Oh, how I both hate the stripling, and fear!
What mortal a rival in glory can bear?

Scene 4

18. Recitative

Imprudent women! Your ill-timed comparisons,
I fear, have injured him you meant to honour.
Saul's furious look, as he departed hence,
Too plainly shew'd the tempest of his soul.

Michal (to David)
'Tis but his old disease, which thou canst cure:
Oh, take thy harp, and as thou oft hast done,
From the king's breast expel the raging fiend,
And sooth his tortur'd soul with sounds divine.

19. Air, Michal
Fell rage and black despair possess'd
With horrid sway the monarch's breast;
When David with celestial fire
Struck the sweet persuasive lyre:
Soft gliding down his ravish'd ears,
The healing sounds dispel his cares;
Despair and rage at once are gone,
And peace and hope resume the throne.

Scene 5
Saul, David, Jonathan, Merab,
Michal, Abner, High Priest.

20. Recitative, Abner
Racked with infernal pains, ev'n now the king
Comes forth, and mutters horrid words, which hell,
No human tongue, has taught him.

Air, David
O Lord, whose mercies numberless
O'er all thy works prevail:
Though daily man Thy law transgress,
Thy patience cannot fail.
If yet his sin be not too great,
The busy fiend control;
Yet longer for repentance wait,
And heal his wounded soul.

21. Symphony

22. Recitative, Jonathan
'Tis all in vain; his fury still continues:
With wild distraction on my friend he stares,
Stamps on the ground, and seems intent on mischief.

Air, Saul
A serpent, in my bosom warm'd,
Would sting me to the heart:
But of his venom soon disarm'd,
Himself shall feel the smart.
Ambitious boy! Now learn what danger
It is to rouse a monarch's anger!
He throws his javelin.
Exit David.

23. Recitative, Saul
Has he escap'd my rage?
I charge thee, Jonathan, upon thy duty,
And all, on your allegiance, to destroy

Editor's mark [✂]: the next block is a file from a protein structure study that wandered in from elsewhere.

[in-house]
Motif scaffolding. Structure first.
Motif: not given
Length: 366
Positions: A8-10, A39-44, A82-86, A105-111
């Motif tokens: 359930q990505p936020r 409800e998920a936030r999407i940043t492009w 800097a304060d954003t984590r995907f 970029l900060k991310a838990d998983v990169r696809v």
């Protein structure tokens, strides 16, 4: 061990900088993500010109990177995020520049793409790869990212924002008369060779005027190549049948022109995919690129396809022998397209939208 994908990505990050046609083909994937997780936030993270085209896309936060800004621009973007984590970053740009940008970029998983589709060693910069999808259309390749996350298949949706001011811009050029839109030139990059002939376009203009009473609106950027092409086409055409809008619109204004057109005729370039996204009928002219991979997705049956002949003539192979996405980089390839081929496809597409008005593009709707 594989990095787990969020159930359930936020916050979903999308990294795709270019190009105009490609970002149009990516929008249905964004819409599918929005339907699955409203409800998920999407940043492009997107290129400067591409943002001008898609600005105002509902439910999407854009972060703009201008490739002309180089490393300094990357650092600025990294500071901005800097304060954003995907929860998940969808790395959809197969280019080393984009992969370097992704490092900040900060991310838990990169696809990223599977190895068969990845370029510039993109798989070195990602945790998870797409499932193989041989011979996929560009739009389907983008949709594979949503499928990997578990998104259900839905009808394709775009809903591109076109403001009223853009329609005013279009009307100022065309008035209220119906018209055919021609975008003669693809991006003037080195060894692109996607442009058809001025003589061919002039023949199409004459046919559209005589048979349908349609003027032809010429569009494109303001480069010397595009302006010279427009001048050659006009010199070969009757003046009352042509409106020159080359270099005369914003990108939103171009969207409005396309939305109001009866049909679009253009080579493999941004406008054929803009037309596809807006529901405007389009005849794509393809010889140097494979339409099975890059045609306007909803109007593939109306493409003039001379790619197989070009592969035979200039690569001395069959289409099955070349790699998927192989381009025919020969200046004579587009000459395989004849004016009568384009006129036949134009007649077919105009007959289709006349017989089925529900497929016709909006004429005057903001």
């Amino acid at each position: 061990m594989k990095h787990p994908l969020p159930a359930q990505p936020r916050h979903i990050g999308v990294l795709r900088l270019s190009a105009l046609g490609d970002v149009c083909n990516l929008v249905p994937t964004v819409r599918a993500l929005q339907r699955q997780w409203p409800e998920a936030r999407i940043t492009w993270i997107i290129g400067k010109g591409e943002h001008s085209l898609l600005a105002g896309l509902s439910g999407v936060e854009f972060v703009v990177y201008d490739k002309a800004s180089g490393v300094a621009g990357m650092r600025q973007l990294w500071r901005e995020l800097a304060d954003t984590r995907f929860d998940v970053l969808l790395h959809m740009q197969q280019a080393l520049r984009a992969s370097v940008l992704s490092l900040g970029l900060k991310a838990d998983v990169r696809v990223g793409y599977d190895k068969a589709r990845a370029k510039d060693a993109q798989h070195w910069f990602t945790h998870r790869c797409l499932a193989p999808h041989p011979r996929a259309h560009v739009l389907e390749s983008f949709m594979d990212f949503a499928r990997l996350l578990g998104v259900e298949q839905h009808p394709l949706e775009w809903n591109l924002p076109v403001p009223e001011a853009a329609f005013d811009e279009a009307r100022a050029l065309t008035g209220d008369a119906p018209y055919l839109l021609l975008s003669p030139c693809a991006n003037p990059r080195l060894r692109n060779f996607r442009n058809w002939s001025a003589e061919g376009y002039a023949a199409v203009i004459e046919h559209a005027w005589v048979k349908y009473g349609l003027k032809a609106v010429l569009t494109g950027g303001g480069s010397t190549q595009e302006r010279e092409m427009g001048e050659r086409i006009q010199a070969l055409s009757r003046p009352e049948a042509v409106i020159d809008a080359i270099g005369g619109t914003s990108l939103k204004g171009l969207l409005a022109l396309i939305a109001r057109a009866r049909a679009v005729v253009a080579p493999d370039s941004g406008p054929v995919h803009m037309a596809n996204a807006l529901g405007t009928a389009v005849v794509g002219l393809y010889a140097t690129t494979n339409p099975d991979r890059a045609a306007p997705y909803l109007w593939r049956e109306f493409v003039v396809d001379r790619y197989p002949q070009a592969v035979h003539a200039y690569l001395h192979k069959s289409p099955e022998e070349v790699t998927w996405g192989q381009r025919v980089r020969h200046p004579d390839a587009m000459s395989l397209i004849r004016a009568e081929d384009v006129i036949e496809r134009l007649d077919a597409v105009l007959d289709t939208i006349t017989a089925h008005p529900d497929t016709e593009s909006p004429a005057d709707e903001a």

This bold, aspiring youth; for while he lives,
I am not safe. Reply not, but obey.

Air, Merab
Capricious man, in humour lost,
By ev'ry wind of passion toss'd!
Now sets his vassal on the throne,
Then low as earth he casts him down!
His temper knows no middle state,
Extreme alike in love or hate.

Scene 6

24. Accompagnato, Jonathan
O filial piety! O sacred friendship!
How shall I reconcile you? Cruel father!
Your just commands I always have obeyed:
But to destroy my friend, the brave, the virtuous,
The godlike David, Israel's defender,
And terror of her foes! To disobey you -
What shall I call it? 'Tis an act of duty
To God, to David - nay, indeed, to you.

25. Air, Jonathan
No, cruel father, no!
Your hard commands I can't obey.
Shall I with sacrilegious blow
Take pious David's life away?
No, cruel father, no!
No, with my life I must defend
Against the world my best, my dearest friend.

26. Air, High Priest
O Lord, whose providence
Ever wakes for their defence
Who the ways of virtue choose:
Let not thy faithful servant fall
A victim to the rage of Saul
Who hates without a cause,
And, in defiance of thy laws,
His precious life pursues.

27. Chorus
Preserve him for the glory of Thy name,
Thy people's safety, and the heathen's shame.

Act The Second

Scene 1

28. Chorus
Envy, eldest born of hell,
Cease in human breasts to dwell,
Ever at all good repining,
Still the happy undermining!
God and man by thee infested,
Thou by God and man detested,
Most thyself thou dost torment,
At once the crime and punishment!
Hide thee in the blackest night:
Virtue sickens at thy sight!
Hence, eldest born of hell!
Hence cease in human breast to well.

Scene 2
Jonathan and David.

29. Recitative, Jonathan
Ah, dearest friend, undone by too much virtue!
Think you, an evil spirit was the cause
Of all my father's rage? It was, indeed,
A spirit of envy, and of mortal hate.
He has resolv'd your death; and sternly charg'd
His whole retinue, me especially,
To execute his vengeance.

Air, Jonathan
But sooner Jordan's stream, I swear,
Back to his spring shall swiftly roll,
Than I consent to hurt a hair
Of thee, thou darling of my soul.

CD 1

1. Ouvertüre:
Sinfonie (Allegro - Larghetto - Allegro)

Akt I

Szene I:
Triumphgesang auf den Sieg
über Goliath und die Philister.

2.. Chor der Israeliten
Wie wunderbar schallt, Herr,
dein Preis durch alle Welten weit!
Hoch über aller Himmel Kreis,
wie strahlt dein Thron in Herrlichkeit!

3. Arie (Sopran)
Ein Kind stand auf, von dir gesandt,
und brach der Feinde Wut,
und trotzte Goliaths Riesenhand
und warf ihn hin in Staub und Blut.

4. Trio (Chor)
Der Gottesleugner trat einher
mit übermütgem Spott,
und trotzte dem lebendgen Gott,
hohnlachend seinem Volk und Heer.

5. Chor
Der Jüngling kam, den Gott erkor,
und schlug das Ungetüm:
da flammt der Mut im Heer empor,
und wild zerstob der Feind vor ihm.

6. Chor
Wie wunderbar schallt, Herr,
dein Preis durch alle Welten weit!
Hoch über aller Himmel Kreis,
wie strahlt dein Thron in Herrlichkeit!

Scene II
Saul, Jonathan, Merab, Michal und Abner
stellen David und den Hohen Priester vor.

7. Rezitativ
Er kommt, er kommt!

Arie, Michal
Heil, junger Held, den alles Volk
voll Stolz und Staunen schaut!